Friday, June 6, 2014

Wood Junkie

  My friend Ron occasionally looks around my shop and on one of his recent visits he labeled me a "wood Junkie".  I do have a quite a bit of wood in my wood rack, and behind the house and in the garage and in piles about the shop.  Lately I have collected green wood from fallen trees that will be used for turning projects once it dries.

  As a thrifty wood worker I am always on the look out for free sources of material for my shop.  Lately there are sites that talk about projects that use pallet/skid wood.  That wood is usually available for free on construction sites and around factories.  There are at least three that I can think of that put the skids out near the road and encourage people to take them away.

  There is another source of wood that you might not think about as you are driving around.  It is not uncommon for people to put old furniture out for garbage day pickup, or put furniture out with a sign "free".   Older furniture often has drawers made from pine or poplar covered by veneer. As a younger and naive wood worker I used to think I was picking up a walnut dresser, only to discover that the walnut was very thin. Newer furniture is sometimes made from birch strips edge glued, not pretty but solid.  I've found enough worth while wood that I keep stopping to check, after all if the wood is crap I don't have to take it.

  Here are  five drawers that I picked up on the side of the road yesterday. These drawers have hard wood fronts and sides with quality 3/8 plywood backs.  The thing that really attracted my attention was the bottoms of the drawers.  All five drawers had the 1/8 in plywood floor in good shape.  I use the thin plywood for bottoms in boxes and totes.  Since the thin plywood is consumed in small projects it doesn't matter if the pieces don't start out door sized.  Since the bottoms are nearly always stained, painted or covered somehow it doesn't matter if it is new wood.  The hardwood fronts have holes drilled for hardware but will still be fine for making jigs and other shop fixtures.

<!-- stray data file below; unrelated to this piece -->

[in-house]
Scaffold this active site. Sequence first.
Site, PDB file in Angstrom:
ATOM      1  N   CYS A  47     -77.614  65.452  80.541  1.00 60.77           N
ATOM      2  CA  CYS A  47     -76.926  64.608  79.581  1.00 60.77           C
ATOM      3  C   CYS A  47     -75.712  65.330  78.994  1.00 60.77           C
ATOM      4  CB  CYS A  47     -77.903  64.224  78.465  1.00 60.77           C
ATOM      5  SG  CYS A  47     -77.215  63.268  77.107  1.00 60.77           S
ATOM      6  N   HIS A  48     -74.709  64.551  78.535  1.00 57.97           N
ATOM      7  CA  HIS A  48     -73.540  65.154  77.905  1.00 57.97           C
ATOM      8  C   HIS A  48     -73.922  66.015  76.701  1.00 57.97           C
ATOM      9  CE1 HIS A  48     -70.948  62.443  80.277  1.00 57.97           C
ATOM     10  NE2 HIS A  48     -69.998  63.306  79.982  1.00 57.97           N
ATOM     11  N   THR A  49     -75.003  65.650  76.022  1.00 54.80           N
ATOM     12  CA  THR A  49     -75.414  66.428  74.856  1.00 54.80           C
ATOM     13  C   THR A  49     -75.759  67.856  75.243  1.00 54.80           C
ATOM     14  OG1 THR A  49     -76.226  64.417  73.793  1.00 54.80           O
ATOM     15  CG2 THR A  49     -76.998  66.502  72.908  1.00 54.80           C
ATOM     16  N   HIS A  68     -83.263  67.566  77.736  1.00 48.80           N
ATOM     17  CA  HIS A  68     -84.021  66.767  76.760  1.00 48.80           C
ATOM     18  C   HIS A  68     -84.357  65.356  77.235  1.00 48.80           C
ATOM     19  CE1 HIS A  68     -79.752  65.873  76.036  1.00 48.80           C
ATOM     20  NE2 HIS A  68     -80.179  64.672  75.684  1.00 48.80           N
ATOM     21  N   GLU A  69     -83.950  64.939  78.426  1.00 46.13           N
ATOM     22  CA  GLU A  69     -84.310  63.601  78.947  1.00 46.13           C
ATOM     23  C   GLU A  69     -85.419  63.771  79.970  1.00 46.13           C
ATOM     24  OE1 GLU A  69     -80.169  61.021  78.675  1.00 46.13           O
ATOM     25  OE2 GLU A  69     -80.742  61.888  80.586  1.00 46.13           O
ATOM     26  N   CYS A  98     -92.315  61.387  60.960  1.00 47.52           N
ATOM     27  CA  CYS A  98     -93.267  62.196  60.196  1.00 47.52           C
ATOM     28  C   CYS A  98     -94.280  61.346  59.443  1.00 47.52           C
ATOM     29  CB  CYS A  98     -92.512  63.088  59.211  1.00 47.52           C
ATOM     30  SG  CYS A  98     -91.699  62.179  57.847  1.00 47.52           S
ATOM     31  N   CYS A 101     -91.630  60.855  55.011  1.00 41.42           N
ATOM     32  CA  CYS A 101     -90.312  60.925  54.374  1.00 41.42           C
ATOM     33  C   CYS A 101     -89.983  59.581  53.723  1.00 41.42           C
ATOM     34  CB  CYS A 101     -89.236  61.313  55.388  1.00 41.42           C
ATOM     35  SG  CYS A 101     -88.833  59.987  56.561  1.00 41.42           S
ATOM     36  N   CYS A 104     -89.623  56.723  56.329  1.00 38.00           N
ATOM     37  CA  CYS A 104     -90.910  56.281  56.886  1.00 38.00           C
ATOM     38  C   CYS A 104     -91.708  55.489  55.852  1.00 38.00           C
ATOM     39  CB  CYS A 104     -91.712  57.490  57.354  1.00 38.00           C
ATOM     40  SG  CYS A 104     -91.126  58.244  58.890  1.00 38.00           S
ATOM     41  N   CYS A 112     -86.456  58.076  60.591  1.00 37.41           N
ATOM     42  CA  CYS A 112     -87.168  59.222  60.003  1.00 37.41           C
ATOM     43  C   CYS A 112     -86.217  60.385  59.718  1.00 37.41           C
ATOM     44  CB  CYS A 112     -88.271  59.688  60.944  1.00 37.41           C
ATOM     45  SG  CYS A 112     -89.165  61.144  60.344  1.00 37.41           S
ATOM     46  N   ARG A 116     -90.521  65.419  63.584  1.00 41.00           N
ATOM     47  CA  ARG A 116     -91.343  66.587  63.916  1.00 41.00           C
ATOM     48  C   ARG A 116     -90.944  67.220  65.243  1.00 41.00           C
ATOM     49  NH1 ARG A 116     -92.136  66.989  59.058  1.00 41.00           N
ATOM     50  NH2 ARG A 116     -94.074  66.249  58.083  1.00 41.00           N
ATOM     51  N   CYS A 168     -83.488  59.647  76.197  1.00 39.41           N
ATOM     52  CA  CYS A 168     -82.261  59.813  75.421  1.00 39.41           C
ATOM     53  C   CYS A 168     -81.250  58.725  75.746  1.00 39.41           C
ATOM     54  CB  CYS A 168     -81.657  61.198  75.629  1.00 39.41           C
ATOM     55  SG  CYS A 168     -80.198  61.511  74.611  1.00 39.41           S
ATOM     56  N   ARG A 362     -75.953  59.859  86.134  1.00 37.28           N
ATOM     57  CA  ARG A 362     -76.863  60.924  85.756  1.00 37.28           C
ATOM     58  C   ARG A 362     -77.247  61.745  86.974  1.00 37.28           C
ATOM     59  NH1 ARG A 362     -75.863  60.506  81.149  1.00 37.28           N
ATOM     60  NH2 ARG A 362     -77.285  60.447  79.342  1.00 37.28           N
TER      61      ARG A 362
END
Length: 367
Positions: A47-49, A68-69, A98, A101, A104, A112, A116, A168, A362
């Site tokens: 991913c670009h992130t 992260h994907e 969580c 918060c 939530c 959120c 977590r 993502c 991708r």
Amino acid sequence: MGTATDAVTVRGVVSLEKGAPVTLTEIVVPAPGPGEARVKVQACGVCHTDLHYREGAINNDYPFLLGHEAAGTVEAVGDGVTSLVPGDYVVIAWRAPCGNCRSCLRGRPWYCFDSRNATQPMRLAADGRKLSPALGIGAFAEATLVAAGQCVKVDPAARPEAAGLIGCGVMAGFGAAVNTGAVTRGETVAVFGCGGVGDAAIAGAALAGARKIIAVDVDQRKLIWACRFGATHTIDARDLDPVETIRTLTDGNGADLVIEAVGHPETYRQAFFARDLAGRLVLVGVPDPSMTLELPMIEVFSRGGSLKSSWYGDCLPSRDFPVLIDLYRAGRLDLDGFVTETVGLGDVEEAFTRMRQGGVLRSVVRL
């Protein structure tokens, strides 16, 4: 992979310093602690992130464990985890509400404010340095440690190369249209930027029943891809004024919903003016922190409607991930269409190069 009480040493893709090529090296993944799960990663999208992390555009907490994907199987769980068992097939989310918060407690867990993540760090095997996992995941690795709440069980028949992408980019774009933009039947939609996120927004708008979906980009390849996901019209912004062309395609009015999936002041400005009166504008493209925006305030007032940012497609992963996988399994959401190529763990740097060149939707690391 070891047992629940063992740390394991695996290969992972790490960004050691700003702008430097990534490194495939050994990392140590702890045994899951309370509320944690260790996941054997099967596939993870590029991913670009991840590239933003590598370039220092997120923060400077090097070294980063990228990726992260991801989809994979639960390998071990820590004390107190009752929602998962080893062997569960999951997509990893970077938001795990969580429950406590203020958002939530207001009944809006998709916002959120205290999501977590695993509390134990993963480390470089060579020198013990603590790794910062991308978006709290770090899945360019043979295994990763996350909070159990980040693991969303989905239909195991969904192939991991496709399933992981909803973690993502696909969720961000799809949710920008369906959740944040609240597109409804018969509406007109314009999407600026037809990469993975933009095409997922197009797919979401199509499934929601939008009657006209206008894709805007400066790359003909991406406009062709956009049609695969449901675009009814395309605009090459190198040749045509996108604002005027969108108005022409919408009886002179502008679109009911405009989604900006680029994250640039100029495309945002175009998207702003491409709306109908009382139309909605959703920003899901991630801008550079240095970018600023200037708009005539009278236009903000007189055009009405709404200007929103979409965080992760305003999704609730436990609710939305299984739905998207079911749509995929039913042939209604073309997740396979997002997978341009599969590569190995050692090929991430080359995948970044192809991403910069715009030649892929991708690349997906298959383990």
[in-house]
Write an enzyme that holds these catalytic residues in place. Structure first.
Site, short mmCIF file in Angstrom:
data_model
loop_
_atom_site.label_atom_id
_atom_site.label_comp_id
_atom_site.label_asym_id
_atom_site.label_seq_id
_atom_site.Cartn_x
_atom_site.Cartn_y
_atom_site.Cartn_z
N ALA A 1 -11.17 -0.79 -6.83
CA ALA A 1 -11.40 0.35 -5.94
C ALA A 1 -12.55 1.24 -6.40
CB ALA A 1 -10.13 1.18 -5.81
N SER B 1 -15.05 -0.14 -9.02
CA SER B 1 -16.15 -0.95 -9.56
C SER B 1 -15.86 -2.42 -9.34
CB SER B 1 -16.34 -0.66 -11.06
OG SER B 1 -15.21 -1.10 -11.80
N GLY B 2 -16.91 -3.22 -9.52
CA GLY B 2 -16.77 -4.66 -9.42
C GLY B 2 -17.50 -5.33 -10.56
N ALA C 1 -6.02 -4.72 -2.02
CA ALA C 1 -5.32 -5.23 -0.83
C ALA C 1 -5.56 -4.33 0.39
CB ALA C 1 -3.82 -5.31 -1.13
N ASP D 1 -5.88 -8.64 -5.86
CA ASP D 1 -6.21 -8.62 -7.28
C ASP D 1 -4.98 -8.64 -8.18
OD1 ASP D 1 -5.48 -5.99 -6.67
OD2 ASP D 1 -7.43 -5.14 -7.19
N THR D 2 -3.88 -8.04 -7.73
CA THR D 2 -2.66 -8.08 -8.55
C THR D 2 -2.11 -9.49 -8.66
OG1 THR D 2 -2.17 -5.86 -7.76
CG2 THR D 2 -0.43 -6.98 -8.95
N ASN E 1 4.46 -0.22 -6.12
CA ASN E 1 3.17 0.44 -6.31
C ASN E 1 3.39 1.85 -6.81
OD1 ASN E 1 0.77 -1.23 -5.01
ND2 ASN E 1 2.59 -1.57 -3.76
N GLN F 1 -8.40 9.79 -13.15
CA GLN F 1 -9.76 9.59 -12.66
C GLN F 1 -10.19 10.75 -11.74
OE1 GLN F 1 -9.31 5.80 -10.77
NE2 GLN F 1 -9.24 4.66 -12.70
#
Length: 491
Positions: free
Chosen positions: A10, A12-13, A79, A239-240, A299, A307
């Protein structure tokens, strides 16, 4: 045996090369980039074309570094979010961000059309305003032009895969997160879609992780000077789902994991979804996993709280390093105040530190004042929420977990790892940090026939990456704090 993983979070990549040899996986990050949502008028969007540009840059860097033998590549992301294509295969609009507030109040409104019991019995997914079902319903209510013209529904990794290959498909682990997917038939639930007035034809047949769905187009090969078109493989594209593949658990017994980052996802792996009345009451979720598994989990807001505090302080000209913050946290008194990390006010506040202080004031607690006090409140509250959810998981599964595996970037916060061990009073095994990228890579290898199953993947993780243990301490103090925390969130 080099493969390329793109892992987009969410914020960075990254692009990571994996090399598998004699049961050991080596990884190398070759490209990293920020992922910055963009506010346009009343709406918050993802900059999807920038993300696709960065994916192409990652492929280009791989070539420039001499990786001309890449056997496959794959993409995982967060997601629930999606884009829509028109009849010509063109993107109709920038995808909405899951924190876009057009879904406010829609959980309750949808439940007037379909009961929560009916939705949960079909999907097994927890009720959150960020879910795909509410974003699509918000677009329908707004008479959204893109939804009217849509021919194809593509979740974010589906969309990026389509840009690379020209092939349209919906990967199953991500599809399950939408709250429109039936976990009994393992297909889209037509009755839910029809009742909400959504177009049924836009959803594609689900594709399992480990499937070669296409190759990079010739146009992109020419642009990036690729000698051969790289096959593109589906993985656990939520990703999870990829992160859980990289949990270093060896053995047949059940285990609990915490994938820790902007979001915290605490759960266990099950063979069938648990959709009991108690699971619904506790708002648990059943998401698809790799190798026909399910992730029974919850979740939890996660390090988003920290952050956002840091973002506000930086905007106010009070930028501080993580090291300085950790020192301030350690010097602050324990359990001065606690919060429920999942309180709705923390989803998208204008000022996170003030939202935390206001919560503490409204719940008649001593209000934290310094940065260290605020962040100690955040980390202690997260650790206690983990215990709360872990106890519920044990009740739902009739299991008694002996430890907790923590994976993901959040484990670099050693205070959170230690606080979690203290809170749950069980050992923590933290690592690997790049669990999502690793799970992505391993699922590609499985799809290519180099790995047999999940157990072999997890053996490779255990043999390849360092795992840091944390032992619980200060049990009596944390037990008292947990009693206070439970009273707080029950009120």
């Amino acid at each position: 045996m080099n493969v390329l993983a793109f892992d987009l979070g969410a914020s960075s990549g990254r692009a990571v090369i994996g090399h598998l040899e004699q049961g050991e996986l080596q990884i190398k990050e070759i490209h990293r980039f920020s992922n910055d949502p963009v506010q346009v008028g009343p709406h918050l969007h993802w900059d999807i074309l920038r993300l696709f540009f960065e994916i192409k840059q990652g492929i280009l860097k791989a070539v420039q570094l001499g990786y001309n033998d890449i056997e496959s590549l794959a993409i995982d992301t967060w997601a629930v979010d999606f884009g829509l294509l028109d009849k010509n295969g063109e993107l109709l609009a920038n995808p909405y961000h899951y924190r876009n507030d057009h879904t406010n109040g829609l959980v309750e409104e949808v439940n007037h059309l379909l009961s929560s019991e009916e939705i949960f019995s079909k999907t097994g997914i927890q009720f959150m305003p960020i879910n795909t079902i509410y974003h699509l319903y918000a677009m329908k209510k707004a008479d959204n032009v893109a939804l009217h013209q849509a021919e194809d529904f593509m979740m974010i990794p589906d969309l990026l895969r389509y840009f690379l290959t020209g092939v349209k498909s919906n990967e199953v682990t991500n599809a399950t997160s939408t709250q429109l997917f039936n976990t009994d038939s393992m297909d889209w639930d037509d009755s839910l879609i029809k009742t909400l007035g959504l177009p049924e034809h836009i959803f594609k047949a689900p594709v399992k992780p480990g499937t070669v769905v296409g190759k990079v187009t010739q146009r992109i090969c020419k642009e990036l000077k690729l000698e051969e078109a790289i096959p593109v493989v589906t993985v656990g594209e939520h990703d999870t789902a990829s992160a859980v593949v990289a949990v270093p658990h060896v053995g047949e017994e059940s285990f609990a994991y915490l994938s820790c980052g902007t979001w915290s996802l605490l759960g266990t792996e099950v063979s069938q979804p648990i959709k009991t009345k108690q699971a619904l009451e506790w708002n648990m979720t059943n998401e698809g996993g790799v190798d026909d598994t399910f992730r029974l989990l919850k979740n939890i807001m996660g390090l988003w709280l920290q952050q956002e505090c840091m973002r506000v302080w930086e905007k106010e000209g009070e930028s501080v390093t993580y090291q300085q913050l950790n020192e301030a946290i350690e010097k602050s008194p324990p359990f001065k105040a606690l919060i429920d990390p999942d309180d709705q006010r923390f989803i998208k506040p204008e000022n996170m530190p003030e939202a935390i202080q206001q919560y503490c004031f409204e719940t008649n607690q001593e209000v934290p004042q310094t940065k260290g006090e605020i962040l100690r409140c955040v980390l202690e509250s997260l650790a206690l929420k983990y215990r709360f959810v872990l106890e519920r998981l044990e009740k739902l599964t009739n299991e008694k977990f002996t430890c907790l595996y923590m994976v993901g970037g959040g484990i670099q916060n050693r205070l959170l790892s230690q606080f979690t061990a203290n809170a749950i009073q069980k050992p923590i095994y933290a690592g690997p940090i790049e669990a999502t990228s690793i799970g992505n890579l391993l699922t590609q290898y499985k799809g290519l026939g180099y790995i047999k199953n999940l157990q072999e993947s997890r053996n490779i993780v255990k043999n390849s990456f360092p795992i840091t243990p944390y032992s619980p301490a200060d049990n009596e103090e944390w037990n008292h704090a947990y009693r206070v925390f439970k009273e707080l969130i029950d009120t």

When the knobs are removed and the pieces broken down I have five sheets of thin plywood and an assortment of 1/2 inch and 3/8 inch pieces of wood.  I will eventually turn most of this wood into small boxes and bins for tea, toys etc. (box 6 sides, bin 5 sides.)

  I have a bin filled with a broad selection of drawer pulls and other hardware that I have salvaged over time too.  If you have been out looking to buy hardware lately you know how costly hardware can be and these pulls actually look fairly nice.

   The tools that I use for salvaging wood are very basic but there are two that I wouldn't be without.  One is needle nose pliers, and the other are Linesmen Pliers.  The needle nose enable me to dig around and get hold of headless brads and staples and the linesmen pliers have the grip and the grunt to put them out, or cut the off.  I try not to use the needle nosed pliers for cutting or prying, and so mine have lasted for years without the tips getting out of alignment.


cheers, ianw

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